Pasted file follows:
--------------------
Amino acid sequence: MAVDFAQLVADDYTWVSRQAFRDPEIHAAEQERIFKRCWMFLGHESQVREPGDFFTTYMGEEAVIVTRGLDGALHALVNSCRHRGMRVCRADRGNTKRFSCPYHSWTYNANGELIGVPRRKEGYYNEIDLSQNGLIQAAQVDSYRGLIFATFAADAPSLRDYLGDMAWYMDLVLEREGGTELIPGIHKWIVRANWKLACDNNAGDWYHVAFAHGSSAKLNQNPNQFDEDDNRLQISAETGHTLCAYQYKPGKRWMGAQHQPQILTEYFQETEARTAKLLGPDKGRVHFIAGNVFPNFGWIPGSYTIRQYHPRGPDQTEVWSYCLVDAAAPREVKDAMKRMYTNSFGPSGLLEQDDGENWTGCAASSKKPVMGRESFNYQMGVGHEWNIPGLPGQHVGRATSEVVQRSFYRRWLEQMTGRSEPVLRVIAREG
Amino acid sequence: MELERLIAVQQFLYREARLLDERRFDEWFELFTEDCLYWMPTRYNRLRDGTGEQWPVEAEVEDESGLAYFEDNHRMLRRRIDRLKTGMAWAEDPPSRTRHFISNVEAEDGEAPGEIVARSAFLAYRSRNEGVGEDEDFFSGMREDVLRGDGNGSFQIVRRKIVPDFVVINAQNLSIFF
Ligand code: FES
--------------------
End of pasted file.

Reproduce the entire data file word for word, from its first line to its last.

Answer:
Amino acid sequence: MAVDFAQLVADDYTWVSRQAFRDPEIHAAEQERIFKRCWMFLGHESQVREPGDFFTTYMGEEAVIVTRGLDGALHALVNSCRHRGMRVCRADRGNTKRFSCPYHSWTYNANGELIGVPRRKEGYYNEIDLSQNGLIQAAQVDSYRGLIFATFAADAPSLRDYLGDMAWYMDLVLEREGGTELIPGIHKWIVRANWKLACDNNAGDWYHVAFAHGSSAKLNQNPNQFDEDDNRLQISAETGHTLCAYQYKPGKRWMGAQHQPQILTEYFQETEARTAKLLGPDKGRVHFIAGNVFPNFGWIPGSYTIRQYHPRGPDQTEVWSYCLVDAAAPREVKDAMKRMYTNSFGPSGLLEQDDGENWTGCAASSKKPVMGRESFNYQMGVGHEWNIPGLPGQHVGRATSEVVQRSFYRRWLEQMTGRSEPVLRVIAREG
Amino acid sequence: MELERLIAVQQFLYREARLLDERRFDEWFELFTEDCLYWMPTRYNRLRDGTGEQWPVEAEVEDESGLAYFEDNHRMLRRRIDRLKTGMAWAEDPPSRTRHFISNVEAEDGEAPGEIVARSAFLAYRSRNEGVGEDEDFFSGMREDVLRGDGNGSFQIVRRKIVPDFVVINAQNLSIFF
Ligand code: FES